Anger is also pretty well par for the course when you leave anything like pastoral work, even to go to another church. The euphoria of a new calling, messiness of leaving and the grief and rage stirred up in people is pretty amazing to see the first few times. Eventually you come to expect it will be there. The hurt when people think, “Oh, no, what will happen to us?” is always there. I will never forget being told by a beloved deacon when I tried to help the church I had just resigned to get organized for the interim, “Now, Preacher, you’ve done resigned and left. Why don’t you just let us tend to the church?” I was hurt. Now I get it.
In another church, my young chair of deacons made me resign on a Wednesday instead of Sunday. He was obviously angry, but under it, deeply hurt, feeling somehow that I had rejected him and the church by leaving. I hadn’t. He felt differently in time, and so did I. I was hurt, too.
Everyone has something they need from us, but only letting that go brings freedom, and it is hard to let go, for sure. Maybe it takes a lifetime. So, if you’re telling me that you have met the public disappointment of those who once lauded you, don’t worry with it too much. There will be plenty of other agendas and other people you will be privileged to disappoint before it’s over. Sometimes you just need to do what you need to do and let the rest of them deal with it. They’ll survive. And so will you. Those of us who get it don’t need an explanation and those who need an explanation will never get it.
So listen within. Be clear. Turn it loose. The kingdom has survived worse than even us. But I want to encourage women pastors out there—disappointment isn’t just about the cause of women in ministry. It’s always part of being a minister, and you never get free of it. You just live with it and move on. Good Friday isn’t far, and it’s a good time to remember, that the One whom we follow disappointed every false expectation placed on Him, and purposefully, for the larger call of what God wanted of Him. That is and always will be enough.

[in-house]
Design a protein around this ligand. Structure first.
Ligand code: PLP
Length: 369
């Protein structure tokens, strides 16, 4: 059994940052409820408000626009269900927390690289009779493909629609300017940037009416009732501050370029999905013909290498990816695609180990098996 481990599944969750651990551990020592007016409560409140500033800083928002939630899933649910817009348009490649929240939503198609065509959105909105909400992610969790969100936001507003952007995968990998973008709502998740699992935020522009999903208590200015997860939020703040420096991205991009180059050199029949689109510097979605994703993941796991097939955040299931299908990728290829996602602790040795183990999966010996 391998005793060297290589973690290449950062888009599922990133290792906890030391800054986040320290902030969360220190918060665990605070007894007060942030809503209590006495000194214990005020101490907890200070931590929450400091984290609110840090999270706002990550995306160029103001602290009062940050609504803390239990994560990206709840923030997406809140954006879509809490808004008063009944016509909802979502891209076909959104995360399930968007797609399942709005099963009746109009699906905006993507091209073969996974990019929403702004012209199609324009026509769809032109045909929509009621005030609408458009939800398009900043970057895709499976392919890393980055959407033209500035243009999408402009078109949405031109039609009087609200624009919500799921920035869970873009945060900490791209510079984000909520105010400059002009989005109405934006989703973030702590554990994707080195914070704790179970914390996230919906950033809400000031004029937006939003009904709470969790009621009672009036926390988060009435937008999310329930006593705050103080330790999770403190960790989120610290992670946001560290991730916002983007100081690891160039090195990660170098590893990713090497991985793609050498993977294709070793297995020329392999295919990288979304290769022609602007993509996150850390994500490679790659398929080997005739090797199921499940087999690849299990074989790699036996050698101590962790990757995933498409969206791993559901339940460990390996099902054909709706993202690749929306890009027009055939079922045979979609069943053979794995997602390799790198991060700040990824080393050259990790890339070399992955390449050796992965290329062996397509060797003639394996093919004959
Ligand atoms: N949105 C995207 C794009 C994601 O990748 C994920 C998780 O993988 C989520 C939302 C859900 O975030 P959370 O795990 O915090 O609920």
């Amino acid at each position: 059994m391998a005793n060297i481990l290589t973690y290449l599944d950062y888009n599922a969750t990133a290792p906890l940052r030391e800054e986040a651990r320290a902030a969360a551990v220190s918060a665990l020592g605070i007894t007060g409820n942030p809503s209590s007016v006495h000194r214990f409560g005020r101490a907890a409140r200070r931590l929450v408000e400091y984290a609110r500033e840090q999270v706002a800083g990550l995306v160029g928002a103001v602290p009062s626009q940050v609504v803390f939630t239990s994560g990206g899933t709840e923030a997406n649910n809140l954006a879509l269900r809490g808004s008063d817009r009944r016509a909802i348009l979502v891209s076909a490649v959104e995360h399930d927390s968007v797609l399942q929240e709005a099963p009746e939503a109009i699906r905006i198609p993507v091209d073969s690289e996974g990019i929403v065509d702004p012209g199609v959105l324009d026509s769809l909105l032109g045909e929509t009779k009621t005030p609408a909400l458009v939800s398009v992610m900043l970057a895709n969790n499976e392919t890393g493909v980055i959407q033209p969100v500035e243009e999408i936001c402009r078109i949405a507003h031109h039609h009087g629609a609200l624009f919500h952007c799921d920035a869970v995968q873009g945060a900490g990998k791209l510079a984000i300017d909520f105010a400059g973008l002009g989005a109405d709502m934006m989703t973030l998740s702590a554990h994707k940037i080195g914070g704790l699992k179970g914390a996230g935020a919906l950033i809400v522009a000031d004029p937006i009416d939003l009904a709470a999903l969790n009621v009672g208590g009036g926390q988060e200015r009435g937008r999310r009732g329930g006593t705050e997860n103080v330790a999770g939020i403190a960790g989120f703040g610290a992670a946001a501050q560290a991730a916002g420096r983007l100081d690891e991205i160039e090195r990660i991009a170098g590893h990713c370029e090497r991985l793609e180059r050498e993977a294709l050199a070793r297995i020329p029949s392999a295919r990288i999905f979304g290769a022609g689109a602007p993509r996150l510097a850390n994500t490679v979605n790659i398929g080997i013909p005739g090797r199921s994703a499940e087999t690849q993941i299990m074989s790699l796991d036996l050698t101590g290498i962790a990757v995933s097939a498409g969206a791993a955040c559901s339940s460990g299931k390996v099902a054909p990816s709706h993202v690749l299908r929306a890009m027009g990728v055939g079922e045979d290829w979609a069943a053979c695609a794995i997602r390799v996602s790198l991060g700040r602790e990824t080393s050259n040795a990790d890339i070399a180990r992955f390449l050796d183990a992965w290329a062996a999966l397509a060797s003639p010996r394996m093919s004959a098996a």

Several years ago, Dr. Penny Marler approached me about participating in a program where pastors might become
friends across differences—race, age, denomination—and learn from each other. Rev. Arthur Price and I decided to make that journey together. He is the pastor of historic Sixteenth Street Baptist Church in Birmingham, where, 50 years ago this fall, people driven by hate and fear set off a bomb that killed four little girls who had just prayed together. The episode set off a national revulsion to the radical racists and helped put America in a new direction.
Over the course of that few years, we became friends, Arthur much younger, a different personality, a native of the North, me a son of the South. It was one of the richest experiences of my life, and it is documented on the website of the Resource Center for Pastoral Excellence. (For more information about the project Rev. Price and I did together, click HERE)
One of the side blessings of that friendship was connecting our churches. We visited each others’ deacons meetings, had our congregations together for fellowship, and continued our friendship by having breakfast together regularly over the years. Last year, we began to talk together about doing something positive that would mark this anniversary by affirming that we are in a new day and that the faith community is part of that. We were joined by another friend, Rev. Keith Thompson of First United Methodist Church downtown.
After the massacre at Newtown in December, our sense of commitment was heightened. Whatever strikes at our Read the rest of this entry